Costa Rica volunteers help schools gain eco-friendly awards
One of the primary concerns of the Conservation Project in Barra Honda, Costa Rica, is the integration of the local community with the conservation efforts going on inside of the park. The primary form through which this initiative is realized is through the Bandera Azul or “Blue Flag” program that Projects Abroad volunteers have worked to implement in local schools.
The first phase of this initiative was recently completed with the evaluation of the Bandera Azul program in the three community schools in which conservation volunteer’s work, with two stars awarded to each of the schools involved in the program.
Institutions in the Bandera Azul program are awarded stars through an on-going process of evaluations that are ultimately tied to the Costa Rican government’s goal of becoming carbon neutral as a country by 2021.
“The maximum is five stars, which means that the school is completely carbon neutral” says the Projects Abroad Head of Environmental Education, José Mario González. “Now we have been awarded two in just the first year, and normally they only give one star in the first year.” The schools, according to José, were awarded two because they have bio-gardens and a mini center for recycling, which are items that other schools don’t have.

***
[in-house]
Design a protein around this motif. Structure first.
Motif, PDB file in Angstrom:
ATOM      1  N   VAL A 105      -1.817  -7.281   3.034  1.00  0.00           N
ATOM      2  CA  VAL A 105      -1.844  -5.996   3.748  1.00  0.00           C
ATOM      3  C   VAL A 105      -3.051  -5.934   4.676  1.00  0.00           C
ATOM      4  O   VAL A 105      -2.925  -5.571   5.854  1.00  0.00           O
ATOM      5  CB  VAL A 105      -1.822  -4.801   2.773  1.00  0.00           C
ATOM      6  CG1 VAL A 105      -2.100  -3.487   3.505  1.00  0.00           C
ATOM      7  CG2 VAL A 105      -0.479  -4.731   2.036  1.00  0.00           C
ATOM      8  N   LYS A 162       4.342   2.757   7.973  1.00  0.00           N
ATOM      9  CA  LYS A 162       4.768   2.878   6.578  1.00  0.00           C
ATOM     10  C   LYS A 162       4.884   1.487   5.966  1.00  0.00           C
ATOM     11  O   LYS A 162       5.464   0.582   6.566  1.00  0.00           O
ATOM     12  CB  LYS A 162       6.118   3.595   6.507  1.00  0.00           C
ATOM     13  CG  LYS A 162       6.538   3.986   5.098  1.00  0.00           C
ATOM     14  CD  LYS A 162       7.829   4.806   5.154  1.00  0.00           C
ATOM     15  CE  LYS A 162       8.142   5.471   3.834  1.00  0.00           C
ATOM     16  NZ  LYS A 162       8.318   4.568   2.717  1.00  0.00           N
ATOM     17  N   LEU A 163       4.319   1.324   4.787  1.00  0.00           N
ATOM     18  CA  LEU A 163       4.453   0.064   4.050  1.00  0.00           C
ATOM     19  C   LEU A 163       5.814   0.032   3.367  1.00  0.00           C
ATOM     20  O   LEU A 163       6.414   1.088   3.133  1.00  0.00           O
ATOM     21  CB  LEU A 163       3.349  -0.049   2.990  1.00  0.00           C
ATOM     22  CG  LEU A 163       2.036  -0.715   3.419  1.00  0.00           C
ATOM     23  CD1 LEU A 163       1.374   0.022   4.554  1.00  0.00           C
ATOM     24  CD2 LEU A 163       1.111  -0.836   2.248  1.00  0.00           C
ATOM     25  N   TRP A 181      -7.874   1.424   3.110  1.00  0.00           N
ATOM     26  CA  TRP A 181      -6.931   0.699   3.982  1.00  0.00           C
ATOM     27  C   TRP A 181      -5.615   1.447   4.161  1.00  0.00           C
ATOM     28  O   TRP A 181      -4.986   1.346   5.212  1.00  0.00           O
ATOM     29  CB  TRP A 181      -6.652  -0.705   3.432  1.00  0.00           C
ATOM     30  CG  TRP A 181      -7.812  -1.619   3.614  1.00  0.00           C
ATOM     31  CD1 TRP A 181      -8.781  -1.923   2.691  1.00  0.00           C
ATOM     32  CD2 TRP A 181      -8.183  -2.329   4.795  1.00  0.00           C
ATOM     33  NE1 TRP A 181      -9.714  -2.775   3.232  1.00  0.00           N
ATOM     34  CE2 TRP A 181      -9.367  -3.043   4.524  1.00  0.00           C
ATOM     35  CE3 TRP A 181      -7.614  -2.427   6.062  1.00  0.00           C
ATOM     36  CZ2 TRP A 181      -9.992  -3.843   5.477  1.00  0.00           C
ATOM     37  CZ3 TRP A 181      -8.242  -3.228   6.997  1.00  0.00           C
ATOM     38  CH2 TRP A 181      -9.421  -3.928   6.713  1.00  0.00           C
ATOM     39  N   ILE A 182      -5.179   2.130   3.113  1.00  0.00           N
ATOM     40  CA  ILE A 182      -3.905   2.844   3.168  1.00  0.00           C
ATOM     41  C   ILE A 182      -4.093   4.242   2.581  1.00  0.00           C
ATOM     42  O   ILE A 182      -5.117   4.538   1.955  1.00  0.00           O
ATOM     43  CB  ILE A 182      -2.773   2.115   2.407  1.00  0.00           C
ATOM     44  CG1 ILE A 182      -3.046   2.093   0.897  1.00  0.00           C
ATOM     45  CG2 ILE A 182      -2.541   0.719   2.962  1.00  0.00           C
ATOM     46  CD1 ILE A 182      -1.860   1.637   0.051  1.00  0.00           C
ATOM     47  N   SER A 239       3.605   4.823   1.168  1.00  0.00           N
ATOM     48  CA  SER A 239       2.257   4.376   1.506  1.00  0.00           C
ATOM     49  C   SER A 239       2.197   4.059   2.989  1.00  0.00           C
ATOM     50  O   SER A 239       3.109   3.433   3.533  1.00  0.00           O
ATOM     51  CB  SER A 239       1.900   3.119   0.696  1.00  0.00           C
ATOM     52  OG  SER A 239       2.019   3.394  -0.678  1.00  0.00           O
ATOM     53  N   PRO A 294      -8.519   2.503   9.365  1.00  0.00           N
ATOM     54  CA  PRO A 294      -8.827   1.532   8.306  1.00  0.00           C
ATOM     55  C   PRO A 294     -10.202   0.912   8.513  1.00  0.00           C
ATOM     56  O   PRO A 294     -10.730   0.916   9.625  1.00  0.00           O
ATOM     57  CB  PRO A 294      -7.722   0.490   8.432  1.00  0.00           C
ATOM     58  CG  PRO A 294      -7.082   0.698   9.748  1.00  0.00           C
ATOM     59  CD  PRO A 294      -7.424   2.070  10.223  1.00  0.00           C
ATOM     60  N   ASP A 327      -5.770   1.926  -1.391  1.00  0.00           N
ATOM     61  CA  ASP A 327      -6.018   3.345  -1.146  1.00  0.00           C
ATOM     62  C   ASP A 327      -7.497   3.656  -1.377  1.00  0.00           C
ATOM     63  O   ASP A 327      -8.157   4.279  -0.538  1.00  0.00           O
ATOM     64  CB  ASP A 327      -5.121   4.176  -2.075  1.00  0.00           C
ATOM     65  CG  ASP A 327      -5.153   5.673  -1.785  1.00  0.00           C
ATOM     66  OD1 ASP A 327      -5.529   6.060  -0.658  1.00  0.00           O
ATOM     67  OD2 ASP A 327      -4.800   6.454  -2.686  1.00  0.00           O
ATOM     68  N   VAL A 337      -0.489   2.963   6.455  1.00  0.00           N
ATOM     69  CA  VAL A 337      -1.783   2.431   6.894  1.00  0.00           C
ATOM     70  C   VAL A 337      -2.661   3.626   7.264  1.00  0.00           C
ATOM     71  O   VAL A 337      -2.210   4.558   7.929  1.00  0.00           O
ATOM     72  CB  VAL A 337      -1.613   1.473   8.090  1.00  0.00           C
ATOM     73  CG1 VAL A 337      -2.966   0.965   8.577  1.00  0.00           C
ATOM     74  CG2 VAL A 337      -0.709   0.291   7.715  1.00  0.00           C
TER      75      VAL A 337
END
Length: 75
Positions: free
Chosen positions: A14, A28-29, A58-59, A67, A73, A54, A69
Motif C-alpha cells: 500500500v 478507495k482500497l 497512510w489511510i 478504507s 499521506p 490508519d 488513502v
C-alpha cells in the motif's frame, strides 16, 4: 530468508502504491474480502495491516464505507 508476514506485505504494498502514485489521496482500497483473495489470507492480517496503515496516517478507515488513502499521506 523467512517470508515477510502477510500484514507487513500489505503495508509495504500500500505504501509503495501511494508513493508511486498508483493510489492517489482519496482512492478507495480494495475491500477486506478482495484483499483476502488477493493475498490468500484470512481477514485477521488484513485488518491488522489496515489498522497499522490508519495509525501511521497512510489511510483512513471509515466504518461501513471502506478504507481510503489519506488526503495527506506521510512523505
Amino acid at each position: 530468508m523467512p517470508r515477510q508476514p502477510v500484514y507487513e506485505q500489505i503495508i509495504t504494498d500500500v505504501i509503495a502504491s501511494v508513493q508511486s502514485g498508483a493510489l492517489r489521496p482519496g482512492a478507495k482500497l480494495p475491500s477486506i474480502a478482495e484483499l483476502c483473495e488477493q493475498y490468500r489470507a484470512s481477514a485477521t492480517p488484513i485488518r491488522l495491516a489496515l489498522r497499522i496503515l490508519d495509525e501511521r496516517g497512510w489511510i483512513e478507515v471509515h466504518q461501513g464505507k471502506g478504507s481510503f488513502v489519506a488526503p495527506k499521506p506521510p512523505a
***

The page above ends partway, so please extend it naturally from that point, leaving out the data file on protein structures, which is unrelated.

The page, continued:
“In the coming year as we continue with these projects, we will have composting and clean water in addition to the recycling centers and bio-gardens, and if we fix the bathrooms, we could be awarded a fourth star. Four stars in only two years is enormous!” José says this is a realistic goal because, with the knowledge of the staff in the park and with the help of Projects Abroad, it is possible to carry out large-scale projects in the schools.
Influencing the next generation
“What is important with the Bandera Azul, more than the stars or the flag itself,” states José, “ is the impact that the program has on the communities and the children. Really, they are the ones who will grow up to form the communities surrounding the national park. So the things that are problems in the park – forest fires, contamination, hunting, improper use of water and energy, we can take these subjects and bring awareness to them.”
The children are being taught about environmental education, risks to the environment, recycling and waste management. “We’re making an impact on the children while they are young. They look to the park rangers and staff as role models, and they see people coming from all over the world to work in the schools and this leaves an enormous impact on them. So it’s something greater than stars or a flag. The flag is a symbol—a symbol of the work that is being done,” says José
Projects Abroad is extremely proud of the work we are doing via the Bandera Azul program and we will keep you updated on our future progress.
Read more about the Conservation Project in Costa Rica